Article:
In one of the industry’s most comprehensive analyses, AGCS has identified the top causes of loss for companies from more than 530,000 insurance claims in over 200 countries and territories that it has been involved with between 2017 and 2021 (typically a number of insurers provide coverage jointly considering the huge values at stake in the corporate sector). These claims have an approximate value of €88.7bn, which means that the insurance companies involved have paid out – on average – over €48mn every day for five years to cover losses.
The analysis shows that almost 75% of financial losses arise from the top 10 causes of loss, while the top three causes account for close to half (45%) of the value. Despite improvements in risk management and fire prevention, fire/explosion (excluding wildfires) is the largest single identified cause of corporate insurance losses, accounting for 21% of the value of all claims. Fires have resulted in more than €18bn worth of insurance claims over five years, according to the analysis. Even the average claim totals around €1.5mn.
Natural catastrophes (15%) ranks as the second top cause of loss globally by value of claims. Collectively, the top five causes (based on more than 20,000 claims around the world) – hurricanes/tornados (29%); storm (19%); flood (14%); frost/ice/snow (9%) and earthquake/tsunami (6%) account for 77% of the value of all disaster claims. Hurricanes and tornados are the most expensive cause of loss, driven by the fact that two of the past five Atlantic hurricane seasons (2017 and 2021) now rank among the three most active and costliest on record, as well as recent record-breaking tornado activity. Insurers are also seeing new scenarios. During 2021, the ‘Texas Big Freeze’ in the US and flooding in Germany stood out as events that were both large but had unexpected claims. For example, the ‘Texas Big Freeze’ in February caused huge disruption to infrastructure and manufacturing, with many companies forced into shutdowns by widespread power outages, resulting in property damage and in some large contingent business interruption (CBI) losses. This event alone is estimated to have caused economic losses up to $150bn.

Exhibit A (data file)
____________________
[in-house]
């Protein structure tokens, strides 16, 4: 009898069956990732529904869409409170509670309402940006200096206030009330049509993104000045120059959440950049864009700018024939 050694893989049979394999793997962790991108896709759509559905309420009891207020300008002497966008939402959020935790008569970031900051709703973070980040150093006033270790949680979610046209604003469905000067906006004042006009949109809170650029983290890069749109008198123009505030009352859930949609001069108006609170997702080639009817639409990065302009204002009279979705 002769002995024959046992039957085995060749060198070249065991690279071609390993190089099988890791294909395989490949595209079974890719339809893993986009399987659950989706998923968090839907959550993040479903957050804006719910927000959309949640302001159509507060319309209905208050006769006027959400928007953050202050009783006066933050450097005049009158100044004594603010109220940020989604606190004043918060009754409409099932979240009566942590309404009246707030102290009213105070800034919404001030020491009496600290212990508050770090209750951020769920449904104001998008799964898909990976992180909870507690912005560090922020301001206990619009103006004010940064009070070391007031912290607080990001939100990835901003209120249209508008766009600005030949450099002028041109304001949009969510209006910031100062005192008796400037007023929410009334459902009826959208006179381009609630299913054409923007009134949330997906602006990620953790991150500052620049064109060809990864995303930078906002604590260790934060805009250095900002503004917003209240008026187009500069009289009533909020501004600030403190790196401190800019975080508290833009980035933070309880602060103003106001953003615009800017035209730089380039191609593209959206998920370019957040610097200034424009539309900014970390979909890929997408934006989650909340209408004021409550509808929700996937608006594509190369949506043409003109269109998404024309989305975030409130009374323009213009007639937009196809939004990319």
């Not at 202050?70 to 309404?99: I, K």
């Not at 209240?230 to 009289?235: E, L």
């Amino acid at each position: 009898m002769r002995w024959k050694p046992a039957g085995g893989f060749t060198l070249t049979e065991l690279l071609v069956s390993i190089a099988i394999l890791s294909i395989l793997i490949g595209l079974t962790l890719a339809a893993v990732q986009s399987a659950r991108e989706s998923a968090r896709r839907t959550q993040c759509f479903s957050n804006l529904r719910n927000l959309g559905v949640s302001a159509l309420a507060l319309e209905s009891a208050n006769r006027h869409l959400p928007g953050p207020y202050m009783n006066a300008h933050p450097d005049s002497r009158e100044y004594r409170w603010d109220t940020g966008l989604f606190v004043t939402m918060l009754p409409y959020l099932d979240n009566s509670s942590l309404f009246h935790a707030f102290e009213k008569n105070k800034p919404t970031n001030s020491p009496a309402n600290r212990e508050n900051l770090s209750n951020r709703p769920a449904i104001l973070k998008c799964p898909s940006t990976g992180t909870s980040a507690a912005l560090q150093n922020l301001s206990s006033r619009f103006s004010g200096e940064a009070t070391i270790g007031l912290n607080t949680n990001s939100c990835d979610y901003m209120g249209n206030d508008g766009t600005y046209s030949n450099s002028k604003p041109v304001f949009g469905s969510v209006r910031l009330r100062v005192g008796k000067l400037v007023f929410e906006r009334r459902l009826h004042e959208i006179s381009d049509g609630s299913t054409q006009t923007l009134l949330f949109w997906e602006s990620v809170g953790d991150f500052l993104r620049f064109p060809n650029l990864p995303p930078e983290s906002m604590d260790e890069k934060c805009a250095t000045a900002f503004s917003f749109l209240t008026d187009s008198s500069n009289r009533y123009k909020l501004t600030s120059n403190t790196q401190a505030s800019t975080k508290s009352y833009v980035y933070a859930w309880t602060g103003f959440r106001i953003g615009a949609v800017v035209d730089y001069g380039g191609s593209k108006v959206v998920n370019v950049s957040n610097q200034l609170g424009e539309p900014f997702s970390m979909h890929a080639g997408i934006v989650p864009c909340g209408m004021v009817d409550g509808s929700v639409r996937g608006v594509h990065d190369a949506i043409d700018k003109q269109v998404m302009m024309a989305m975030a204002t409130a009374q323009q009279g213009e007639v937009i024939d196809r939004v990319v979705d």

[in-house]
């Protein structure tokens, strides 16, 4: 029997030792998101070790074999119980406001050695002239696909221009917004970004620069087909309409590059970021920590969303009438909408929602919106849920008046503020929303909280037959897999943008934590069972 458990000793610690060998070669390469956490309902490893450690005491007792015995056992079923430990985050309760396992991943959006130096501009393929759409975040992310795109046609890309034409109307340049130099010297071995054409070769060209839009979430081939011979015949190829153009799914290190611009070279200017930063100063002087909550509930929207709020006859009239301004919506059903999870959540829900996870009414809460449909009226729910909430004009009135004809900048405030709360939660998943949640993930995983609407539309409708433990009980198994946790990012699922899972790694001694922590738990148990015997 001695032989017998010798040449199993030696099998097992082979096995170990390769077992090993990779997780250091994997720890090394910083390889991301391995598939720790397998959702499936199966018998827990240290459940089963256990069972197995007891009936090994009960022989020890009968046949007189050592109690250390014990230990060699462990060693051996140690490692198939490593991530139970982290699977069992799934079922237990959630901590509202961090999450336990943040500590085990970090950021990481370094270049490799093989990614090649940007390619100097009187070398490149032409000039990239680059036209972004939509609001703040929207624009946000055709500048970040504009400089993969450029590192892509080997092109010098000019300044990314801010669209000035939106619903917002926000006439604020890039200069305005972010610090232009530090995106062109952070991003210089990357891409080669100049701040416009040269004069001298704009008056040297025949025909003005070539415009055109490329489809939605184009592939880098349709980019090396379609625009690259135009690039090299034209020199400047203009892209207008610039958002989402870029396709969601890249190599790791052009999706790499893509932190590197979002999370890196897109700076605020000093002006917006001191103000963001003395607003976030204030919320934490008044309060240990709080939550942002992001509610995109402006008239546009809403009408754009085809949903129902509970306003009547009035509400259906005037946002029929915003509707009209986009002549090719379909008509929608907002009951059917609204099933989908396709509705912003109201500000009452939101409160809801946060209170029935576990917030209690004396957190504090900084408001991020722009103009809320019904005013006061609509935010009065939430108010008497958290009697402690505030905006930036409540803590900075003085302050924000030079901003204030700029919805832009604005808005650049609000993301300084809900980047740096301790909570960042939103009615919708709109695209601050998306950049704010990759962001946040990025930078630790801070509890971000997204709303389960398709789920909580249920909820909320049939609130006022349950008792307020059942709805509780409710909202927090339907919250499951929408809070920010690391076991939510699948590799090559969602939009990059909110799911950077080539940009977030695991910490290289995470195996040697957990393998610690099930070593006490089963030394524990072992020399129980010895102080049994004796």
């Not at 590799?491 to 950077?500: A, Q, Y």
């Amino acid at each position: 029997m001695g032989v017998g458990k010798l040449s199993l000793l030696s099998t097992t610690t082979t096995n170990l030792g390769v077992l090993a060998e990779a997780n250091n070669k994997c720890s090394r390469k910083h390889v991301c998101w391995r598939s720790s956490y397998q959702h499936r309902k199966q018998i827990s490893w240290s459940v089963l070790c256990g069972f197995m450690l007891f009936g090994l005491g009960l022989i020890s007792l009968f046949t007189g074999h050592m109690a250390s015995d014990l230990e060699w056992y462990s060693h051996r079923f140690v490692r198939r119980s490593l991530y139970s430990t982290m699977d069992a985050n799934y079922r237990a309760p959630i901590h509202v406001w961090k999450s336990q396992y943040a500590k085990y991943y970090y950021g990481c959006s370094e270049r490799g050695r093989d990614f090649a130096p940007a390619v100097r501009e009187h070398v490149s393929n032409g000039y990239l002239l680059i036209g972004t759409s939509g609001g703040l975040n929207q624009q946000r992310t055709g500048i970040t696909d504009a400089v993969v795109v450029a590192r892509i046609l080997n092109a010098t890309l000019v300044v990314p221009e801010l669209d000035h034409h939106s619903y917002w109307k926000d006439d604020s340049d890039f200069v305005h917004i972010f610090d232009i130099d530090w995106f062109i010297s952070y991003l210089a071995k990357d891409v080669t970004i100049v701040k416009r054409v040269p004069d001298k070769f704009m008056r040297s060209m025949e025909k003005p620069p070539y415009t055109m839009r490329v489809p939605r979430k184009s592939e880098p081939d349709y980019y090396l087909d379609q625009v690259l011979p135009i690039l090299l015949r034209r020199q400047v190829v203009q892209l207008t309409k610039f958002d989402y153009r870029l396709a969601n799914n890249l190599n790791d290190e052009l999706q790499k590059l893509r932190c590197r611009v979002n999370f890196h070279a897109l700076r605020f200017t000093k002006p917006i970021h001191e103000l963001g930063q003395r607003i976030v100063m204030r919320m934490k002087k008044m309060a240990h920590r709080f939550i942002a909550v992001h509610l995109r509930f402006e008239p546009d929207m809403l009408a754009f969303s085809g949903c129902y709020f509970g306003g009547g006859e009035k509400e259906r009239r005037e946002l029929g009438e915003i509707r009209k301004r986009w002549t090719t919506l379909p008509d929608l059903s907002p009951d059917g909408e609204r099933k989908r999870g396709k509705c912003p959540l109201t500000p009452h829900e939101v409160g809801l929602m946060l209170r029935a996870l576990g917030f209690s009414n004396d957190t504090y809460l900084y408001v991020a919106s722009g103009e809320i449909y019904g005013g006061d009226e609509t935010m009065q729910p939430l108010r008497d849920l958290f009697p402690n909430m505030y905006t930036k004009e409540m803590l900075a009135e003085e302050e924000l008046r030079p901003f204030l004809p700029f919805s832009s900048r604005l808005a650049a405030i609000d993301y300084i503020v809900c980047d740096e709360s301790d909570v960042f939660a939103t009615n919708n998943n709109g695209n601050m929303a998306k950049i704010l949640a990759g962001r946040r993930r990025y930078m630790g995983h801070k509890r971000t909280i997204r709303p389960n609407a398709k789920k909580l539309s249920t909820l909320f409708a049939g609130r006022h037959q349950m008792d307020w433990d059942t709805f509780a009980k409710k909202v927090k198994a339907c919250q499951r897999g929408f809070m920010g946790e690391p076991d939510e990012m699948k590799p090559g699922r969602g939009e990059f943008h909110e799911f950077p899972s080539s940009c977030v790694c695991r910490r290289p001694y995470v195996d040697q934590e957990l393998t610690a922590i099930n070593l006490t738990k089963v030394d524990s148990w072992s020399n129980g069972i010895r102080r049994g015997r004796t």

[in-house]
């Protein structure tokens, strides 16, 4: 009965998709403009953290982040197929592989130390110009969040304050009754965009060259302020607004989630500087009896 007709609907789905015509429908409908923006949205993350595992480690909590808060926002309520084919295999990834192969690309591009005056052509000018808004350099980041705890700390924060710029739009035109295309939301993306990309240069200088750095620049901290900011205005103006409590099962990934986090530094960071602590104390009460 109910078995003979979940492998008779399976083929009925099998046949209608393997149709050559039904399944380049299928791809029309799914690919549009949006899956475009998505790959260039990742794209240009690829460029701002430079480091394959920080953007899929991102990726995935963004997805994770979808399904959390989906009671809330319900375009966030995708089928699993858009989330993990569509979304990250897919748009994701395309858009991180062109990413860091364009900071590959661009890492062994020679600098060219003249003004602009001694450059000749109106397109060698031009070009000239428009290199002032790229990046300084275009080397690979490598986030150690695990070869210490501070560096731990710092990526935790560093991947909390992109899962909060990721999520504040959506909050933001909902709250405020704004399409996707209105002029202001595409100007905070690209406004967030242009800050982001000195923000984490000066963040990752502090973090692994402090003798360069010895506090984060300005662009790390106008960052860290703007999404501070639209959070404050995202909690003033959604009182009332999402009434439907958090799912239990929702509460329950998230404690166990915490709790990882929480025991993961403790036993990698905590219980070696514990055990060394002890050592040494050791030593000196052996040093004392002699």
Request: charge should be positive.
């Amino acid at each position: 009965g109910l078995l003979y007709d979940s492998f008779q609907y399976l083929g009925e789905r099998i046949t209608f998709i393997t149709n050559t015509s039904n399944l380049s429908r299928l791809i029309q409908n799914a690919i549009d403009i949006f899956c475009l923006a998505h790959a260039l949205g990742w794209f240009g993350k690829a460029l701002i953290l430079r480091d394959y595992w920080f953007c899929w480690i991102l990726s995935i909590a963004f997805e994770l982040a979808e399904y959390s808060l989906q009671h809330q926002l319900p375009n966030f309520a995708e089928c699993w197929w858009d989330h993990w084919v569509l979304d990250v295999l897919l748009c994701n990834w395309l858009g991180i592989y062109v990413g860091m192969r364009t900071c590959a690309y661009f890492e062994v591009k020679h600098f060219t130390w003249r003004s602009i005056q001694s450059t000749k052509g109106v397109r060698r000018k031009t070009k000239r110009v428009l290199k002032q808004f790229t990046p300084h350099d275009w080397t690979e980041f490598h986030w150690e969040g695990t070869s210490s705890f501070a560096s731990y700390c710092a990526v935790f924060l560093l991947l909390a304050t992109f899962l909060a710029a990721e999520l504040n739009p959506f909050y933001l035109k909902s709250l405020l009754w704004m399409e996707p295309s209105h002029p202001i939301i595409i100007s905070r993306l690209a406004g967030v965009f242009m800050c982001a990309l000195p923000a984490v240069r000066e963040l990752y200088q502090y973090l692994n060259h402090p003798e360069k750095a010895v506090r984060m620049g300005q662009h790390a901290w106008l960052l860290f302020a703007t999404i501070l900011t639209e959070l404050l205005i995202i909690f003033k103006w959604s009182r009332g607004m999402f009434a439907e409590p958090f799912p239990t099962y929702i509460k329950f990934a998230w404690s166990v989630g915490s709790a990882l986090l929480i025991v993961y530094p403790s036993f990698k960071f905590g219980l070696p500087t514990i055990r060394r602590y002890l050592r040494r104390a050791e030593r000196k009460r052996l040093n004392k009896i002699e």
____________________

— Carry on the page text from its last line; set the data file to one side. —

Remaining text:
Faulty workmanship/maintenance incidents are the third top cause of loss overall (accounting for 9% by value) and are also the second most frequent driver of claims (accounting for 7% by number, ranking only behind damaged goods with 11%). Costly incidents can include collapse of building/structure/subsidence from faulty work, faulty manufacturing of products/components or incorrect design.
The other top 10 causes of loss are: aviation collision/crash (#4; 9%), machinery breakdown (#5; 5%), defective product (#6; 5%), shipping incidents (#7; 3%), damaged goods (#8; 3%), negligence/misadvice (#9; 2%) and water damage (#10; 2%).
Business interruption losses on the rise The claims analysis also highlights the growing relevance of BI as a consequence of losses in property insurance, and the fact that CBI claims have reached a new high over the past year. Costs associated with the impact of BI following the aftermath of a loss can significantly add to the final bill from an incident. The average BI property insurance claim now totals in excess of €3.8mn compared with €3.1mn five years ago. For large claims (>€5mn), the average property insurance claim which includes a BI component is more than double that of the average property damage claim.
The number of CBI claims has increased year-on-year for the past five years, exemplifying the growing interdependence and complexity of corporate supply chains. The automotive industry alone has seen several CBI events during this period, with the overall growth in CBI claims exacerbated in the last two years by a large loss in the semi-conductor manufacturing sector and the ‘Texas Big Freeze’ event. The claims from these two events more than tripled the number of CBI claims in the previous three years.
While not appearing in the top 10 causes of loss, the number of cyber claims has significantly increased over the past few years, driven by the rise of threats such as ransomware attacks, but also reflecting the growth of cyber insurance. AGCS has been involved in more than 1,000 cyber claims in both 2020 and 2021, compared with fewer than 100 in 2016. Claims frequency has begun to stabilize however, albeit at elevated levels.